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Skyline, Hideout, Fuller Lakes trails reopen

Jenny Neyman/KDLL

Several popular trails closed after being damaged by the Swan Lake Fire last year are reopening to the public.

The Skyline Trail, which takes hikers up a steep mile to the tops of the Mystery Hills, and Hideout Trail, which takes off from near the eastern entrance of Skilak Lake Road, are now open again. Fuller Lakes Trail has been open this year up to the lower lake, but closed up to the upper lake. That upper part is now open as well. All three trails are popular but were closed due to extensive damage during the fires in 2019.

The Kenai National Wildlife Refuge announced the reopenings Friday. Manager Andy Loranger says the refuge trail crew has done a lot of work to restore the trails over the past two months to help ensure visitor safety.

Refuge visitor services manager Matt Conner says the Skyline Trail has been rerouted through the hard work of the trails crew members this year, and the closed section of the Kenai River Trail is still underoing work. One hazard to watch out for on the Skyline Trail is the ash—on a rainy day, the ash can build up and be slick on slopes, so it's good to bring trekking poles for balance, he says.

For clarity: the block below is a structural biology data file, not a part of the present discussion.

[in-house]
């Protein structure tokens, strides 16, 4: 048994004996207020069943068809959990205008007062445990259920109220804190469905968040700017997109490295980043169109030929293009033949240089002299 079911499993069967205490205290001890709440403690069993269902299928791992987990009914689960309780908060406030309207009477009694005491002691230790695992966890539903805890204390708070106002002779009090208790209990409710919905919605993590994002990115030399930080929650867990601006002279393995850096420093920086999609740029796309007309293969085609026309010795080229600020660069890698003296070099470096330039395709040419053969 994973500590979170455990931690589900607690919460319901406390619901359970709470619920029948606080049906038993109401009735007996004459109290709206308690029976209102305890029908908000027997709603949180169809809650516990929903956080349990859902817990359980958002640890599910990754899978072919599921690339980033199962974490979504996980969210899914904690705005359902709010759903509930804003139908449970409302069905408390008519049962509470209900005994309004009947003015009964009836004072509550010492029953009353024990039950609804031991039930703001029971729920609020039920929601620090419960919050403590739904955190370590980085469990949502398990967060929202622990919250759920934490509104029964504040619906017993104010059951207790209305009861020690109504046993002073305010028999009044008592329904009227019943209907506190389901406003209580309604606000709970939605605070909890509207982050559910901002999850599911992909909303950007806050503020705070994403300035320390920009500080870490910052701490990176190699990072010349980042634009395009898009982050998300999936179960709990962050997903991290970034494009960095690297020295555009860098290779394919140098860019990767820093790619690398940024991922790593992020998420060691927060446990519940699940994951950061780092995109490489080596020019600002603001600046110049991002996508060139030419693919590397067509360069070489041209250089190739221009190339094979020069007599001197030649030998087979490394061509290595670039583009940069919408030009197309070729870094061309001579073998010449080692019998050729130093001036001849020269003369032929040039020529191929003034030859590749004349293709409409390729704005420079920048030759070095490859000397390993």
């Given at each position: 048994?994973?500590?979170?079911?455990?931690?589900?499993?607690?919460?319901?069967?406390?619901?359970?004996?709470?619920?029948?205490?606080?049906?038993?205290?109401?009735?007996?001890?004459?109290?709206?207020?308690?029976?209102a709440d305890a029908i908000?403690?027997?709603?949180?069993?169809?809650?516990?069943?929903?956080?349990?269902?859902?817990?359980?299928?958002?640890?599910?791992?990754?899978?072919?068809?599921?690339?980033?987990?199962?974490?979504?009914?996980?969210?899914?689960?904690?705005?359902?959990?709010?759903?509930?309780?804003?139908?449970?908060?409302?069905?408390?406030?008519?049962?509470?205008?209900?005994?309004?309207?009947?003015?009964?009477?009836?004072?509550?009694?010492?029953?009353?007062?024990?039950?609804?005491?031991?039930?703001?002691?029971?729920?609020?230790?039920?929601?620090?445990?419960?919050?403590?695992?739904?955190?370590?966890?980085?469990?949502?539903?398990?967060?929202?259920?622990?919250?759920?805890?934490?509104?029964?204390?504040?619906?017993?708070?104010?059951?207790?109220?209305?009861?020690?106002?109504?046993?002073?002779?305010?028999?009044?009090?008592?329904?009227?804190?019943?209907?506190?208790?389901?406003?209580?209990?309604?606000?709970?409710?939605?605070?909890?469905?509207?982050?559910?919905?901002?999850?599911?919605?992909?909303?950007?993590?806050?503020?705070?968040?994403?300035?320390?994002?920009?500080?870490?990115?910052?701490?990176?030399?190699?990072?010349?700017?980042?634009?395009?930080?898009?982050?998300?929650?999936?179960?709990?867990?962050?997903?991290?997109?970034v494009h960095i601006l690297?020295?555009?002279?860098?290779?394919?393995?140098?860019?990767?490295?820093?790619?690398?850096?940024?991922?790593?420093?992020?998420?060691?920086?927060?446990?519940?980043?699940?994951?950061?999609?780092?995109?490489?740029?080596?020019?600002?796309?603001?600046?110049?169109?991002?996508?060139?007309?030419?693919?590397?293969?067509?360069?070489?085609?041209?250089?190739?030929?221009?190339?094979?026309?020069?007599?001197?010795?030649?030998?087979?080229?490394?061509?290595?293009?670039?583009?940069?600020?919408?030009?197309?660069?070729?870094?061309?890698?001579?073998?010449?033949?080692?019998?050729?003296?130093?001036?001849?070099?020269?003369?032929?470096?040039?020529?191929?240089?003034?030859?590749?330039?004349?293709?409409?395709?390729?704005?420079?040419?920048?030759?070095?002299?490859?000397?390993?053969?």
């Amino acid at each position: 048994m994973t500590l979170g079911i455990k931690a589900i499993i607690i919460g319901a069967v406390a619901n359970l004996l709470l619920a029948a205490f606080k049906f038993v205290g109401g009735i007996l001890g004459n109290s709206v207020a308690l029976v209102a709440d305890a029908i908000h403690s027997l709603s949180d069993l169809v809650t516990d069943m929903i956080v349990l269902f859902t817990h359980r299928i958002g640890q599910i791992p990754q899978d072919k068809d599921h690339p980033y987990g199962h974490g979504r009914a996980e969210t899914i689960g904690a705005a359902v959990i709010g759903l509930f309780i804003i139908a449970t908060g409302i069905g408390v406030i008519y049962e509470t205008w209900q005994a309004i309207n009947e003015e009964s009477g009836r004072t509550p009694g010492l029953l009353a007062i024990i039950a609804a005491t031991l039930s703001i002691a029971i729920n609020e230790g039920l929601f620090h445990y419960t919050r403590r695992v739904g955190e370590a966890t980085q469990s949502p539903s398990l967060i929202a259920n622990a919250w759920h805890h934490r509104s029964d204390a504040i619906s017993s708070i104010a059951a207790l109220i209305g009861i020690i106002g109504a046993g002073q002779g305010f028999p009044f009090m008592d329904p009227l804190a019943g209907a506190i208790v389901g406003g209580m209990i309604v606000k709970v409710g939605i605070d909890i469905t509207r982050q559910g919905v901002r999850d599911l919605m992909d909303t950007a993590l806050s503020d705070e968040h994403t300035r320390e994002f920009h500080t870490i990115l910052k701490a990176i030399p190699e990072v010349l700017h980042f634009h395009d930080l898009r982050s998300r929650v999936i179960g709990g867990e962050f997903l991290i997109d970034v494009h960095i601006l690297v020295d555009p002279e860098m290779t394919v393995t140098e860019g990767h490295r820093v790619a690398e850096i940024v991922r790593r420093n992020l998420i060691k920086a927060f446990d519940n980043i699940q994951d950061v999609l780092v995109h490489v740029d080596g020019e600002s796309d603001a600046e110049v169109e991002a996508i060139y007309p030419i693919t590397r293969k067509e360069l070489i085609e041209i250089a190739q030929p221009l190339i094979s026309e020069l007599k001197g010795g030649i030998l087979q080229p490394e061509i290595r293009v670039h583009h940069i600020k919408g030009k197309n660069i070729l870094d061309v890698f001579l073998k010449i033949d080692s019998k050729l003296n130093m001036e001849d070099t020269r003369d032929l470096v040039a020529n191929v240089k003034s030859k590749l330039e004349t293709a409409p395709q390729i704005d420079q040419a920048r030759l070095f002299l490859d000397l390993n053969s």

There are still fire hazards in the burned areas, including fire-weakened trees, and potentially deep ash pits full of hot embers. Hikers in burned areas are advised to take caution, including avoiding damaged trees, taking a probe and watching their steps, and watching out for tripping and “poking hazards”—essentially, spiky tree limbs that have fallen and could present stabbing danger.

The Surprise Creek Trail and parts of the Kenai River and Seven Lakes trails remain closed for repair due to extensive fire damage. For more information, visit the Kenai National Wildlfie Refuge’s website at or call the refuge headquarters at 907-262-7021.

Reach Elizabeth Earl at

Elizabeth Earl is the news reporter/evening host for summer 2021 at KDLL. She is a high school teacher, with a background writing for the Peninsula Clarion and has been a freelance contributor to several publications in Alaska.
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